Speech Delivered by H.E. Ömer Çelik, Minister of Culture and Tourism, during the Struma

Bern Büyükelçiliği 09.03.2015

Distinguished Guests,

First of all we would like to convey our condolences to Turkish Jewish Community for those who lost their lives on Struma

ship, on behalf of our Government. In fact, there is a deficiency even in this sentence, in that we convey our condolences to Turkish Jewish Community as if it were a separate part from us; but this agony belongs to all of us. Therefore, we convey our condolences to our entire nation.

A ship set sail on a voyage of destiny from the Port of Constanza on 12 December 1942. There were 768 passengers aboard the ship, 108 of whom were children. It covered a long distance and anchored off the coast of Sarayburnu. It had to wait here for seventy days because it could unfortunately not obtain permission to proceed to British-controlled Palestine. Your grandfathers and grandmothers and the Turkish Red Crescent provided aid and looked after the people aboard throughout seventy days. However, as a result of a complicated process and tragic incidents, this ship met her own fate in the Black Sea. This is an immense sorrow. By organizing this commemoration event for the first time and participating at governmental level, just as the Reverend Chief Rabbi has whispered to me, we are in fact trying to ensure that this sorrow will never be forgotten. Usually such sorrows are covered up and left to be forgotten, but we do not want it to be forgotten. This is a part of our history. We are launching these ceremonies to traditionalize by holding them every year, so that such incidents shall never occur again.

We will never forget and allow it to be forgotten. The mistakes and neglects involved in this incident should never be forgotten. Why? Thus, the same fate should not befall ever again some Jews, Muslims or Christians tomorrow.

We witnessed a memorable scene yesterday. Young Muslims in Norway kept guard before synagogues after an attack was perpetrated against a synagogue in this country. This is what really matters. Muslims and Christians should keep guard before the synagogues, in those sacred places where the name of God is uttered. Jewish and Christian people should keep guard before mosques and Muslims and Jewish people should keep guard before churches. Because they all pray to God. We bow with great respect before the memories of those 768 people who departed from here on 23 February 1942 and passed into eternity on 24 February 1942.

Those people are part of our history. Perhaps they were the most tragic chapter of the historical relationship between Turkish and Jewish people…

Just as we remember good days of our history, we must also not forget such sorrows, because they will let us hear better news in the future. We share a common saying. It says, we wish to come together only to hear good news from now on. However, this is possible only when we do not forget such tragic incidents.

Distinguished speakers have already mentioned it: Islamophobia, anti-Semitism, xenophobe, racism; certain threats which we assume to have been forgotten in history threaten today the humanity much more than they did in the past. Actually, whenever we begin to think that the human reason has progressed, the human conscience has developed, human rights and humanism have become universal values there and then unfortunately the most terrible threats spring from the most primitive pages of the history. The threat of anti-Semitism is on the rise; Islamophobia is on the rise; racism and xenophobe are rising up. These are confronting us, particularly in Europe, as extremely vivid threats. So, our commemoration of Struma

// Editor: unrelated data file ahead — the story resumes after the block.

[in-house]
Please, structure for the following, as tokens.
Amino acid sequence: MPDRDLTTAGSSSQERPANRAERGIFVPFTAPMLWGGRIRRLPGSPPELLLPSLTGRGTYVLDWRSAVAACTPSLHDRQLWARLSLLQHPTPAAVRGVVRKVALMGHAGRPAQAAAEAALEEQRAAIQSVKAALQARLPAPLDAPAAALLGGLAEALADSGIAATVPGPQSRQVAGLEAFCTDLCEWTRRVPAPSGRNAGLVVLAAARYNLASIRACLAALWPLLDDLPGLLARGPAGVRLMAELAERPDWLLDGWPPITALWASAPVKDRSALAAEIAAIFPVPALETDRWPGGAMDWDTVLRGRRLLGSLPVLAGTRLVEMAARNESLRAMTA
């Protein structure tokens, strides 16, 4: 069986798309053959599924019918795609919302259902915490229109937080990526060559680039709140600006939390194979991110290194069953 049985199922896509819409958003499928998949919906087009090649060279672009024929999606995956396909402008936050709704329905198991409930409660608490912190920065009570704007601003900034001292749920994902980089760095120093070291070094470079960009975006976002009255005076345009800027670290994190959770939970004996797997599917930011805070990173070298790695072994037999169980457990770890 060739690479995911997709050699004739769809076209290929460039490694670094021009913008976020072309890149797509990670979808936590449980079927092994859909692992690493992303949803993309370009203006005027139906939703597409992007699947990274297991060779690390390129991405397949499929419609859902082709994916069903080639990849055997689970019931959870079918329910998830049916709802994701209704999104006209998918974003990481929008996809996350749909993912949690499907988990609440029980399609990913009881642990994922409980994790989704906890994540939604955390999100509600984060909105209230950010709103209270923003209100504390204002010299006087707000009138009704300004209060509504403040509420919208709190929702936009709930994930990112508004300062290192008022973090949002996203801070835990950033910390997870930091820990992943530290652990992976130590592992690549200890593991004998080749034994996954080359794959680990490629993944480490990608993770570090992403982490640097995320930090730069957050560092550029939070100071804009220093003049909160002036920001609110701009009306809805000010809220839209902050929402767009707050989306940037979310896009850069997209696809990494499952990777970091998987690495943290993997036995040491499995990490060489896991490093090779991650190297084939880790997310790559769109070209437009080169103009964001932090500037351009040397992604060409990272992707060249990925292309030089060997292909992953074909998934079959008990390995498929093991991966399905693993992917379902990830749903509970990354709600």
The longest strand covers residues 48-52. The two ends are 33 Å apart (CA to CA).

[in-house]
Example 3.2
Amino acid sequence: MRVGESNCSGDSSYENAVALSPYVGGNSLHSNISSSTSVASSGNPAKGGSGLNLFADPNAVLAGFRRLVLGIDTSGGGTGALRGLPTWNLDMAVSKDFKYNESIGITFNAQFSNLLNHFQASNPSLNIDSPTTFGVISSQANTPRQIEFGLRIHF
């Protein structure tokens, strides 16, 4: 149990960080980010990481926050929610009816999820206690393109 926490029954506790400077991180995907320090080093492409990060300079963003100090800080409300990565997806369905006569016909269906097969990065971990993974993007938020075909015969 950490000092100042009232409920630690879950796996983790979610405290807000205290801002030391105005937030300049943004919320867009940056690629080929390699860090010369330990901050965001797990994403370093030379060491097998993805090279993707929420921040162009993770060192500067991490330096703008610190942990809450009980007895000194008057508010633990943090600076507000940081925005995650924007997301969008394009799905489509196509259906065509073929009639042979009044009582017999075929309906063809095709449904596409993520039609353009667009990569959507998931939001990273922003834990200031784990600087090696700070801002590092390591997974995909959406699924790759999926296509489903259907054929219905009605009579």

is not only the commemoration of a ship and a period in our history.

This is also an occasion for us to weld together always our minds and consciences in the face of these threats. This is undoubtedly an extremely dramatic incident. At the same time, an incident that indicates more tumultuous developments than itself and telling us to keep our minds and consciences always alert and vigilant today, in view of the current circumstances. Because, all these threats; anti-Semitism, Islamophobia, xenophobe and racism feed on the same source. They cause great sufferings for the humanity as a result of the merging of the capability for producing evil, which is a part of the human being with certain political and social movements. In the 70th

anniversary of Holocaust, the commemoration of this incident which happened 73 years before is very important in this perspective. We remember those who lost their lives in this incident and bow before their memories. We share undoubtedly this great sorrow of the Jewish Community. However, we express also that our will not to allow it to be forgotten is intended to show that this sorrow does not belong just to the Jewish Community; it is a common sorrow for all of us. We will never forget and never allow it to be forgotten. We will draw lessons from it and we will look together to the future resolutely.

The Jewish Community in this country is not a guest, as I have mentioned before on some other occasion; but it is the rightful host. Just like other citizens of this country… We can never tolerate if they are harassed or subjected to unfair treatment on the pretext of certain developments for which they are not at all responsible, as has been claimed on various occasions. We decisively stand up against all these attempts.

I hope we will come together to share good news next time. By using this opportunity, on the occasion of this commemoration ceremony, I offer my condolences once more.

I convey my affection and respect to all of you.

Thank you.


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